A majority of Lebanese Parliament members oppose paying looming Eurobond maturities, even if that leads to default, Parliament Speaker Nabih Berri said on Wednesday. The announcement compounded doubts over whether the heavily indebted country will meet a March 9 repayment deadline.
Lebanon is facing an unprecedented economic and financial crisis, which came to a head last year as capital inflows slowed and protests erupted against the ruling elite. Its next debt maturity is a $1.2bn Eurobond due on March 9.
Senior sources close to two of the main parties that back the government – the powerful Hezbollah, and Berri’s Amal Movement – told Reuters news agency that the government was expected to announce a decision not to pay on Friday or Saturday and enter negotiations with bondholders.
A source close to the other main backer of the government – the Free Patriotic Movement, founded by President Michel Aoun – said such a declaration may happen unless foreign bondholders made a good offer in time.
Berri, one of Lebanon’s most influential leaders, made his comments at a weekly meeting of members of Parliament. “We are with any measure the government takes apart from paying,” Ali Bazzi, a lawmaker from Berri’s parliamentary bloc, cited him as saying.
The March 2020 Eurobond gave up around half of its gains for the day after Berri’s remarks. The bond is still up around 12 percent this week at 58 cents on the dollar, according to Refinitiv data.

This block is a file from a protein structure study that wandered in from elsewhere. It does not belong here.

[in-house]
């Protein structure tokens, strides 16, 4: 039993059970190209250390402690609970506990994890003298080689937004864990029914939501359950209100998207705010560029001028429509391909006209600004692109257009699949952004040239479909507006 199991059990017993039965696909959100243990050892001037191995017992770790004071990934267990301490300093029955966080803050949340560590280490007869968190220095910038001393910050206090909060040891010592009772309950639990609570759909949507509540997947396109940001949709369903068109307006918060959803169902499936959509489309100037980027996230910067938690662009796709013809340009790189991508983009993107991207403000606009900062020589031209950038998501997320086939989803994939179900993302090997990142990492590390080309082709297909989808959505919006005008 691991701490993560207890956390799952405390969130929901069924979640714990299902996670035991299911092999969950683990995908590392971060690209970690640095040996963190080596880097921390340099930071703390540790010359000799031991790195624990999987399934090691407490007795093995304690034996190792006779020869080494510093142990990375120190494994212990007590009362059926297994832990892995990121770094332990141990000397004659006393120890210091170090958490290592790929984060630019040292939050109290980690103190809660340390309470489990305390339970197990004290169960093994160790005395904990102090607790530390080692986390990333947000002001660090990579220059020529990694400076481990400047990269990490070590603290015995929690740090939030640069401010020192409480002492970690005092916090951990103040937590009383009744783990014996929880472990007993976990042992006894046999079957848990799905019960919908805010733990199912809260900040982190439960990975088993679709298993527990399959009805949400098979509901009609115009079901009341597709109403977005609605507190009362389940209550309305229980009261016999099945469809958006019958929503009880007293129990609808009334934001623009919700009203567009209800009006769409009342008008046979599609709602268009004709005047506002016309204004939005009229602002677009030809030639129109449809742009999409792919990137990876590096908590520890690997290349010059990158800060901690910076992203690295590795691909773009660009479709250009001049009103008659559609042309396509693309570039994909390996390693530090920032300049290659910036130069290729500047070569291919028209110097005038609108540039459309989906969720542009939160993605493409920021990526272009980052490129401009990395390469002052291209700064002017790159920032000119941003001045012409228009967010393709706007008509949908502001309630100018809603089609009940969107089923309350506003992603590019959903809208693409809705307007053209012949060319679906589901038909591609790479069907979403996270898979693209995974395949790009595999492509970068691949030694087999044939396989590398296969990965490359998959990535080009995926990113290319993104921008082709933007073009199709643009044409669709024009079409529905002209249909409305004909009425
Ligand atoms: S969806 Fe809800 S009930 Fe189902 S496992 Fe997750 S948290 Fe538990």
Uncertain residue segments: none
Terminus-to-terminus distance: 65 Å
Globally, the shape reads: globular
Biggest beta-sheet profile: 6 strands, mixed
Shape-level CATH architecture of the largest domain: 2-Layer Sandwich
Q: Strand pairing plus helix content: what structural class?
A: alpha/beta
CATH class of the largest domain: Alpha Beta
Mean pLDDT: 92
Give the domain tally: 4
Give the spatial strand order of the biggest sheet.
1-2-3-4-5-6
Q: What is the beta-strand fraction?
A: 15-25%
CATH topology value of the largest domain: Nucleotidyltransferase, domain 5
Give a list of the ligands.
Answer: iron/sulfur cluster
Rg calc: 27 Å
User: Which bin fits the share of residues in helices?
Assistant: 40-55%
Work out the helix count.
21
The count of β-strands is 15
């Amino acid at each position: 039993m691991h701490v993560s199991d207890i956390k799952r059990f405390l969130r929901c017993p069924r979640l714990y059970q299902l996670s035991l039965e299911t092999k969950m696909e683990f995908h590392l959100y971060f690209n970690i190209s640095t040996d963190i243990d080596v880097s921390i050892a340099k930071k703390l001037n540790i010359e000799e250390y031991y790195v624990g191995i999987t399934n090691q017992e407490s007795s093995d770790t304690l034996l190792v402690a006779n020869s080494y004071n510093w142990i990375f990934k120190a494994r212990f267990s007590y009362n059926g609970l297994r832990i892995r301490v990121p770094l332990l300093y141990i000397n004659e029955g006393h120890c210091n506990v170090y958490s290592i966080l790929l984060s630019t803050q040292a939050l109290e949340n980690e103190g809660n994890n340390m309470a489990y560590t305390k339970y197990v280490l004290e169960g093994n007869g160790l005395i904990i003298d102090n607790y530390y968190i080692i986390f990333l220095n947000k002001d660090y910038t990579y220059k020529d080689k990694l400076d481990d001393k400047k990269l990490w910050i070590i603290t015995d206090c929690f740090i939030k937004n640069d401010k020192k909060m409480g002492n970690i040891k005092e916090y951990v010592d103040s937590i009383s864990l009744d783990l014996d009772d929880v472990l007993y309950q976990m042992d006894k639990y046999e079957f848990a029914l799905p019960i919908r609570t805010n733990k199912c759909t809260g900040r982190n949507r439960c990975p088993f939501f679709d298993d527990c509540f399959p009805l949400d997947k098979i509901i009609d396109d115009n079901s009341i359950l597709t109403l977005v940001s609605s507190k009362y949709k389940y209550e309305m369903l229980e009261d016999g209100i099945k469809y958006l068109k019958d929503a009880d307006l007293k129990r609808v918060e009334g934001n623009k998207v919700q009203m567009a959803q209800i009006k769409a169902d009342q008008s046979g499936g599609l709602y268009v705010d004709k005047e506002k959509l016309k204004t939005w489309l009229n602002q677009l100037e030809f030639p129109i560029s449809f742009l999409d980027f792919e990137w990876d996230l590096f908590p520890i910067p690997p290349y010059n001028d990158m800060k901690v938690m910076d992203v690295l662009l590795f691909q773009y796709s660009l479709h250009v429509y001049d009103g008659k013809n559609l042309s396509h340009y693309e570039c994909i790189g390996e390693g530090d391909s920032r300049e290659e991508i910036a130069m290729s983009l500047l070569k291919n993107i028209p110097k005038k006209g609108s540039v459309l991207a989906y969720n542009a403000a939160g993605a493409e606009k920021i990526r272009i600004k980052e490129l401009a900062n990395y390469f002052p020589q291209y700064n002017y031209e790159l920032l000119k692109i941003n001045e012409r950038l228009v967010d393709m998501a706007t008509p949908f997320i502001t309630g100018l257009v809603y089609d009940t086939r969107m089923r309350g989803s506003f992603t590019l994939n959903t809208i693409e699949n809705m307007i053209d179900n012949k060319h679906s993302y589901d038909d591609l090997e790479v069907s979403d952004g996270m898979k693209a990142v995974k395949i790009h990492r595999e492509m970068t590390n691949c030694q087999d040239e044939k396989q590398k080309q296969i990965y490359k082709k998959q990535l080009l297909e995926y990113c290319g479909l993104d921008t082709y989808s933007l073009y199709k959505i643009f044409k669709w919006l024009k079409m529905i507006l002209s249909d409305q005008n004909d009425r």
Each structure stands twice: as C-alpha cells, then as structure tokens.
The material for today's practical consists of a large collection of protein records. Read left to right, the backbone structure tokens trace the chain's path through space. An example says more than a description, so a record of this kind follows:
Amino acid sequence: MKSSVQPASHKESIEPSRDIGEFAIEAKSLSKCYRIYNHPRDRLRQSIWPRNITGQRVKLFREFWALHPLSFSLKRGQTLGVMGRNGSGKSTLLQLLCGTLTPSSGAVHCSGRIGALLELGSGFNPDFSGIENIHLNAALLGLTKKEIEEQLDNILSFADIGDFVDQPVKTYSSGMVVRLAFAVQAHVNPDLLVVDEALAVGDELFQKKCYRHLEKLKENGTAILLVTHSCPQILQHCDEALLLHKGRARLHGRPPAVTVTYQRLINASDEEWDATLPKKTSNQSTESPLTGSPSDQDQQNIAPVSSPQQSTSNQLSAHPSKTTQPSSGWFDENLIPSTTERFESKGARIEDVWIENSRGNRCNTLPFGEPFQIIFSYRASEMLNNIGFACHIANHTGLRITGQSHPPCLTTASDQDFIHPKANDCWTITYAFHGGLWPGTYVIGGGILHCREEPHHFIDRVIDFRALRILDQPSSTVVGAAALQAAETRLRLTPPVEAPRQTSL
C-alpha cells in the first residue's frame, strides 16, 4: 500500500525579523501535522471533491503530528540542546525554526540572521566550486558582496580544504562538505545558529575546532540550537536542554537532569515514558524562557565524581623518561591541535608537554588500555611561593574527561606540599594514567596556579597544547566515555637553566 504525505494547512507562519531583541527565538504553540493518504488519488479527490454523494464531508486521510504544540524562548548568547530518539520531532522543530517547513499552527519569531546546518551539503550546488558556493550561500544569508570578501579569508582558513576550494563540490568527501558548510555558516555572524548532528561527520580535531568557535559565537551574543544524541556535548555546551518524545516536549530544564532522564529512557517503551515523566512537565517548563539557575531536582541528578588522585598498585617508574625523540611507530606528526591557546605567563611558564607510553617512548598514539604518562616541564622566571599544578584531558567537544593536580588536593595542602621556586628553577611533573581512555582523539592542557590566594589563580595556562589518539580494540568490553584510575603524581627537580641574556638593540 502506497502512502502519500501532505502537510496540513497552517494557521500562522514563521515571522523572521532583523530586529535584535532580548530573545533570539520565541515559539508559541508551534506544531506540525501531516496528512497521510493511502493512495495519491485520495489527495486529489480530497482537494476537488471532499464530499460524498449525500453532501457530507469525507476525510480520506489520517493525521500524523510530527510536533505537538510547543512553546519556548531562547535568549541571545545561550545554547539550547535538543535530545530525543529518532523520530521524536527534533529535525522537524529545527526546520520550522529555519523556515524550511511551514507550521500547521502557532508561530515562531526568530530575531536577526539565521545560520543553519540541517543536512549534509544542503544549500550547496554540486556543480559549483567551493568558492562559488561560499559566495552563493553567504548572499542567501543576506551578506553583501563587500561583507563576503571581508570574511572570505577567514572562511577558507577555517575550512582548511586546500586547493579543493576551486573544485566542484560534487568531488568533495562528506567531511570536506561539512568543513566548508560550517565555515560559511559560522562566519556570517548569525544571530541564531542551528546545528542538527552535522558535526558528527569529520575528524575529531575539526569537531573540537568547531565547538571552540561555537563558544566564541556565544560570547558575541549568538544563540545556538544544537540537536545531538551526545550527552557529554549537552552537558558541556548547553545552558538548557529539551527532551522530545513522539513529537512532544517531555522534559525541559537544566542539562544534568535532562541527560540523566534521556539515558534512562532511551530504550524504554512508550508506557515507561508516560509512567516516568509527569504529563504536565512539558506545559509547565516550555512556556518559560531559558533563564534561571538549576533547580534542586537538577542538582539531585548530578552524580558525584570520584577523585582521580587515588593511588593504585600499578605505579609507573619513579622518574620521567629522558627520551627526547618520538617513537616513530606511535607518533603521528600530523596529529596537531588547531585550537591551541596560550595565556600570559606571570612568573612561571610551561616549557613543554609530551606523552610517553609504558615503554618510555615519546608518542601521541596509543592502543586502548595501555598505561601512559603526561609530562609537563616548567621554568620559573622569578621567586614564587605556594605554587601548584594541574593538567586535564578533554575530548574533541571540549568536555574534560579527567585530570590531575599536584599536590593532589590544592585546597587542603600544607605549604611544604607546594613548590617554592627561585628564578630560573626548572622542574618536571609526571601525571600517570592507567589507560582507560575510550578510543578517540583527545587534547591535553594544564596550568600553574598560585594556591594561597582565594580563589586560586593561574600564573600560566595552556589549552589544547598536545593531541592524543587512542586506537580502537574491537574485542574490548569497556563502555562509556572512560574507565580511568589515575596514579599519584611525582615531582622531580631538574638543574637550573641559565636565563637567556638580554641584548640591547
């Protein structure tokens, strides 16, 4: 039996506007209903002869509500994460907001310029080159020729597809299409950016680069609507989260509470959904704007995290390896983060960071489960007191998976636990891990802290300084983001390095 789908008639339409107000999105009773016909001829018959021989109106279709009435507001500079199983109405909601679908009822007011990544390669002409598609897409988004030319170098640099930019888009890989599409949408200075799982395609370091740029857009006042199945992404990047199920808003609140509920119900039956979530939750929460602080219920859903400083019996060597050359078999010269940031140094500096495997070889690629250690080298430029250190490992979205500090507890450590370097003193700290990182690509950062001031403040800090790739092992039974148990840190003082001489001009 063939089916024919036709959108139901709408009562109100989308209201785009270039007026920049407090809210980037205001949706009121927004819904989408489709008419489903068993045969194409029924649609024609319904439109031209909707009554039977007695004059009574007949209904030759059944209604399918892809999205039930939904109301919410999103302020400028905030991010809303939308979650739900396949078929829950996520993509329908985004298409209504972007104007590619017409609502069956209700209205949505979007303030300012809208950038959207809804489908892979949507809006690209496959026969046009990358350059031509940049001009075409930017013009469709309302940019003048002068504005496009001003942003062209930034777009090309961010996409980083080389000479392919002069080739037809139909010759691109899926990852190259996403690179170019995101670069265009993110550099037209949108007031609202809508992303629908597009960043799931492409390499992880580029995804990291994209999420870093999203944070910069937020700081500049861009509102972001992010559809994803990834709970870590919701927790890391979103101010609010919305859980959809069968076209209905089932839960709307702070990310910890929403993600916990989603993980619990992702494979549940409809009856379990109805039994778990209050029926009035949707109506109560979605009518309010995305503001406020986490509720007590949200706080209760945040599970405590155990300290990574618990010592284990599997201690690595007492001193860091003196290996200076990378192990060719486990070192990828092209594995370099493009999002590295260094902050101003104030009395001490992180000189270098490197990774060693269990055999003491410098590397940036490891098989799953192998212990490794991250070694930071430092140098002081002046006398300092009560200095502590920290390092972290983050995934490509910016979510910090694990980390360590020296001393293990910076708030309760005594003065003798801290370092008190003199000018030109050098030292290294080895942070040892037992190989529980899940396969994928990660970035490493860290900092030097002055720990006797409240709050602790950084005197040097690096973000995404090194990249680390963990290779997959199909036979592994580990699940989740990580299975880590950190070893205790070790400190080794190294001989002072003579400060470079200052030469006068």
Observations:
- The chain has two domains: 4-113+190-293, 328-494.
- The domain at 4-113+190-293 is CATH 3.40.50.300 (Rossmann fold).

Lebanon hired United States investment bank Lazard and law firm Cleary Gottlieb Steen & Hamilton LLP last week as advisers, ahead of a widely anticipated debt restructuring.
A source close to the government said: “The government is still considering options and has not taken a decision yet. They are having meetings every day. Maybe they will find a solution between now and Saturday.”
The Ministry of Finance declined to comment.
Lebanon’s long-brewing financial crisis has led to a hard currency crunch and seen the Lebanese pound lose close to 40 percent of its value since October. Lebanese banks have also imposed tight restrictions on access to deposits and transfers abroad.
Hezbollah, a heavily armed Shia group backed by Iran and designated a “terrorist” group by the US, has not declared its position on the debt.
Berri directed criticism at local banks that recently sold Eurobonds to foreign investors, saying they bore responsibility for diluting the local holding. Critics say this has weakened Lebanon’s position in negotiations with foreign bondholders.
“If they want to restructure [the debt] without restrictions or conditions, and without any share of the amount or interest being paid, then so be it,” Bazzi quoted Berri as saying.
One of the sources close to Hezbollah and Amal said contacts between Lazard and foreign bondholders had not reached any agreement, adding that foreign investors wanted their money.
“We can’t hide behind our fingers any more. We cannot pay,” the second source close to the Shia parties said.
Opponents of paying say Lebanon’s dwindling foreign currency reserves represent the savings of ordinary people whose money was deposited at the central bank by commercial banks for high-interest rates.